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No evidence of sexism in peer review

Sir

A recent study of peer-review scores for postdoctoral fellowships at the Swedish Medical Research Council demonstrated that women had to be 2.5-times more productive than their male colleagues to get the same peer-review rating in competitions for personal fellowships1.

Using the same approach, we have audited recent applications to the Wellcome Trust and the UK Medical Research Council to examine whether there is discrimination in awarding practices2,3.

The tablepresents the outcomes of grant applications for fellowship awards and project grants in the Wellcome Trust and MRC. There is no prima facie evidence that women are discriminated against in the awarding process — the award rates for both sexes are approximately the same.

Table 1 The outcome of biomedical grant applications

Neither is there any evidence that women need a more impressive publication record than men to be successful in either organization's competitions. Bibliometric analysis demonstrated that there was no statistically significant (that is, P ≥ 0.05) difference in the number of papers published by successful men and women. For example, female candidates awarded project grants by the trust published, on average, 11.2 papers in the five years preceding the application, compared to 13.8 papers for men.

As an indirect indicator of quality, the final column in the table shows the average journal impact factor for the journals in which the papers were published4. For the Wellcome Trust's project grants and the MRC's Career Development Awards there was no significant difference between men and women. However, in the Senior Research Fellowships in Basic Biomedical Science men reaching the interview stage published in higher impact journals than women (P < 0.05).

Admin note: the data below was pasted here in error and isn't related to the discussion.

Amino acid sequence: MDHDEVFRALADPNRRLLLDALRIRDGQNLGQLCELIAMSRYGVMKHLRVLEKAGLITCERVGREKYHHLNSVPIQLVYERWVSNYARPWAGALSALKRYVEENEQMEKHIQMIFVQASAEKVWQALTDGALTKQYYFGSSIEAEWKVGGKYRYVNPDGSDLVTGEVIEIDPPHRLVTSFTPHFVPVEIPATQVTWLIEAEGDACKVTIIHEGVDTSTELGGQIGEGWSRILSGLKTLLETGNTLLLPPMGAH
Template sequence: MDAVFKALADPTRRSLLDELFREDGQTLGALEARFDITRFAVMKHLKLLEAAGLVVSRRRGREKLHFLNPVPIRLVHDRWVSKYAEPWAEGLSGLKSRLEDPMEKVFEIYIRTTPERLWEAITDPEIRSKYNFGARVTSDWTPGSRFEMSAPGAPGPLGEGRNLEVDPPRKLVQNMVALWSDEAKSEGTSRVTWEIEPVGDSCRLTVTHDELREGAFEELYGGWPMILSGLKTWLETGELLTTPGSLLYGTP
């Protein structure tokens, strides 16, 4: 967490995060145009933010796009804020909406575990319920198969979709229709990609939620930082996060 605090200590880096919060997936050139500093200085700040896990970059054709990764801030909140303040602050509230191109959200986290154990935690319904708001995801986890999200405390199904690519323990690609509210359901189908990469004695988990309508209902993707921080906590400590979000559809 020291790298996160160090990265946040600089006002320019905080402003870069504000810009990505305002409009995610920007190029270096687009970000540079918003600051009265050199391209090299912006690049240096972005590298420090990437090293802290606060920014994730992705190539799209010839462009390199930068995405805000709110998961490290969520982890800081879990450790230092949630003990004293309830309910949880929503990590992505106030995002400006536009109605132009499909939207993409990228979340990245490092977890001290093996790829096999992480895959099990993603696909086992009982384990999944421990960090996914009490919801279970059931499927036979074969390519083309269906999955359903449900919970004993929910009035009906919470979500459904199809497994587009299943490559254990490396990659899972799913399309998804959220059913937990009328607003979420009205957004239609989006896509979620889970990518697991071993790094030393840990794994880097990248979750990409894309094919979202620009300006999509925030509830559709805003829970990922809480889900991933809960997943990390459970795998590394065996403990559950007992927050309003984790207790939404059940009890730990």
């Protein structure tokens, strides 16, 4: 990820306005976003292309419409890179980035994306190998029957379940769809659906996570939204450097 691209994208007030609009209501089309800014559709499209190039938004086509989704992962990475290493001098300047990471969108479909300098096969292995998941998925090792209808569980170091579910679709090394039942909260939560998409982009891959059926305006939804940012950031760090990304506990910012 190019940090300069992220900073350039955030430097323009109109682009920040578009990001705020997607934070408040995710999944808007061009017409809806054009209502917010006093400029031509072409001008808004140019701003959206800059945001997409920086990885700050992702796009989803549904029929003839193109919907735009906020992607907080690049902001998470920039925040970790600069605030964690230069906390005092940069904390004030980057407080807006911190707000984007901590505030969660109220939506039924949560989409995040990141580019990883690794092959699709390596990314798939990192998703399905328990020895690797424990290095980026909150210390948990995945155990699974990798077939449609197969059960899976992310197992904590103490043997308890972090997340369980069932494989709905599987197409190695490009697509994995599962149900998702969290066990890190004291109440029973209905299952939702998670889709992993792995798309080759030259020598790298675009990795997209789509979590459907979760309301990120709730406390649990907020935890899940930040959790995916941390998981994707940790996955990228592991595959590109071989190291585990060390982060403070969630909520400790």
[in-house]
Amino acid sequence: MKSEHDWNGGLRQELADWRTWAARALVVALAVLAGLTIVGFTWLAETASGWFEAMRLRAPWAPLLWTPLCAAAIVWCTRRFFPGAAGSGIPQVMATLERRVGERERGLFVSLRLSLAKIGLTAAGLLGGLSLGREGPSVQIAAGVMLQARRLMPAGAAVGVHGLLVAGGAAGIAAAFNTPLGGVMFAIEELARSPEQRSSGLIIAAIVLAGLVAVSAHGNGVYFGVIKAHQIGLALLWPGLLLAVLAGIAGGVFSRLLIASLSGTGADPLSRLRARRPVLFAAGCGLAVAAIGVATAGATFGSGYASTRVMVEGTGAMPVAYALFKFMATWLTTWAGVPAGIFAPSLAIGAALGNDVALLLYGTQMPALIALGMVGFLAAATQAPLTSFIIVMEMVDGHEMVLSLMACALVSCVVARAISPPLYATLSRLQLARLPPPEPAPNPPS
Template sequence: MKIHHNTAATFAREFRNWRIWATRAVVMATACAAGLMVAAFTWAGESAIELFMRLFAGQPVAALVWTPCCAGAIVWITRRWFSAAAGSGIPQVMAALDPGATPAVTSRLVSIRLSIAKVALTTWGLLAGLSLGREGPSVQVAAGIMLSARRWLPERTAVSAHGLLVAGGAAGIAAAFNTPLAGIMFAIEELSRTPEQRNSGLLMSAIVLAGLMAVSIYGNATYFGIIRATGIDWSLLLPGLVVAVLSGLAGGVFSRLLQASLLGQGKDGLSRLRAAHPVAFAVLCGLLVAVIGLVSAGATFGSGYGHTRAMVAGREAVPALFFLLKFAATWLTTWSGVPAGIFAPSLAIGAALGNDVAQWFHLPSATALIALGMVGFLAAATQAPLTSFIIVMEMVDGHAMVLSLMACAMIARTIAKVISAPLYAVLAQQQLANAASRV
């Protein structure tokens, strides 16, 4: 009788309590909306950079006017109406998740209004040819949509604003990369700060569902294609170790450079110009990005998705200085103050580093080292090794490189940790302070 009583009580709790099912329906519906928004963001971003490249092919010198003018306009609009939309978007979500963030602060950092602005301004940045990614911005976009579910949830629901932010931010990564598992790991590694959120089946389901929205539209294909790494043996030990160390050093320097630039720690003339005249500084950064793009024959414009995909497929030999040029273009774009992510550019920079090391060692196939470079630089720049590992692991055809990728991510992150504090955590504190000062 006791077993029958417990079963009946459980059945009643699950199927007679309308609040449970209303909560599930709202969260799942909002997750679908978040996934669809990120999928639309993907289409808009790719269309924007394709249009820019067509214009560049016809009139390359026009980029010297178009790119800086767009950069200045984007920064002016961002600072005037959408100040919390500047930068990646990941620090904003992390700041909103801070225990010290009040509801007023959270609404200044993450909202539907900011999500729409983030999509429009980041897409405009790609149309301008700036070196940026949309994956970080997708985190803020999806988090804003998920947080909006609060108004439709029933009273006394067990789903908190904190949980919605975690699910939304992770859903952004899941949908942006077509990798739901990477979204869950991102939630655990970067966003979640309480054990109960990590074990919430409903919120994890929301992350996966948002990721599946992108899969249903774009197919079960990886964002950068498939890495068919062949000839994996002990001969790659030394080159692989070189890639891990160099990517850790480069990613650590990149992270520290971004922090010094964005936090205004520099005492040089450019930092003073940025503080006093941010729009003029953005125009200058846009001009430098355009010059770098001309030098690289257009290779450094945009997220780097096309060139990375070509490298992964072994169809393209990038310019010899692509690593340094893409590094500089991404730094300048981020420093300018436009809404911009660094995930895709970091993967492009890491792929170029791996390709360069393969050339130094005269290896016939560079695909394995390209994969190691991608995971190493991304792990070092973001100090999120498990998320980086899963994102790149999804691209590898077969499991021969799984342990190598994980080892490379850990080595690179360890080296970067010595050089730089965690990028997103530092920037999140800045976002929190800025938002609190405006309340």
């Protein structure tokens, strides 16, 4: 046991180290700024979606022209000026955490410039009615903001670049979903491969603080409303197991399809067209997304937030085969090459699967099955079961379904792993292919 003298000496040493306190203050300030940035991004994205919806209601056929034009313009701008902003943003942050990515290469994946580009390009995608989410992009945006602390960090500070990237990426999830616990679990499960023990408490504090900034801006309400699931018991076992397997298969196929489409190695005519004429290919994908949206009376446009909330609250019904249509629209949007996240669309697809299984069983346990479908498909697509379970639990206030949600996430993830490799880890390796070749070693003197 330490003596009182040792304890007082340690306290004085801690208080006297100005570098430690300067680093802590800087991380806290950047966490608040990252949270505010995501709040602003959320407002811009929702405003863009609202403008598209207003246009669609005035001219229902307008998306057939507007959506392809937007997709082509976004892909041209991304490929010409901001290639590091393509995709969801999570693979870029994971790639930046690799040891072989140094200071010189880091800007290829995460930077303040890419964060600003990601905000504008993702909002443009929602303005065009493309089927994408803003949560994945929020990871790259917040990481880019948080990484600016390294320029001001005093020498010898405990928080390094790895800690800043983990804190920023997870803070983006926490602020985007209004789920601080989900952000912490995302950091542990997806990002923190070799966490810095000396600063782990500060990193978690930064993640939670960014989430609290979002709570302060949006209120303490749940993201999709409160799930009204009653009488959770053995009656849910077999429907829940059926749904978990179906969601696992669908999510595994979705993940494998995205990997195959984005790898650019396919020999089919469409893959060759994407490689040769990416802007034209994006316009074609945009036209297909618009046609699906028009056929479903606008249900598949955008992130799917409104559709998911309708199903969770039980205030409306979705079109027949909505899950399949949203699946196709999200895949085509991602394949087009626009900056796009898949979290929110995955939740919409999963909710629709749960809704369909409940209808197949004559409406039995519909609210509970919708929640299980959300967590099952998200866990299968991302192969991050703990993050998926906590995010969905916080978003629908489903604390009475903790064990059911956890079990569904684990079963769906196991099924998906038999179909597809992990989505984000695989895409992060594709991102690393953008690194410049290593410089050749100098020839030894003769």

Another finding is that women do not apply for research funding in the numbers that might be expected from the numbers of women employed in academic positions in medical and biosciences departments in UK universities. For example, for project grants, where the sex of the applicant was known, only 19.6% (268/[1,097+268]) of applicants to the trust and 21.3% (167/[617+167]) of applicants to the MRC were women. Yet across all UK universities, 44% of academic staff (whether research oriented or otherwise) in medicine and biosciences are women2,5.

In conclusion, this study has shown no evidence of discrimination against women in the assessment of applications for Wellcome Trust and MRC personal fellowships or grants. Nevertheless, it is notable that so few female academic staff are applying for research funding, and it is important that the reasons for this are examined further.

References

  1. 1

    Wennerås, C. & Wold, A. Nature 387, 341–343 (1997).

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  2. 2

    PRISM Women and Peer-review: An audit of the Wellcome Trust's decision making process (Wellcome Trust, December 1997).

  3. 3

    http://www.mrc.ac.uk.

  4. 4

    Journal expected citations rates file (Institute for Scientific Information, Philadelphia, 1990).

  5. 5

    These data were commissioned from the Higher Education Statistics Agency (HESA). Biomedical science is defined as all full-time academic staff (researchers and other grades, lecturers, senior lecturers and readers, and professors, whether or not tenured) working in the following cost centres: clinical medicine, clinical dentistry, veterinary science, anatomy and physiology, nursing and paramedical studies, health and community studies, psychology and behavioural sciences, pharmacy, pharmacology and biosciences.

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Grant, J., Burden, S. & Breen, G. No evidence of sexism in peer review. Nature 390, 438 (1997). https://doi.org/10.1038/37213

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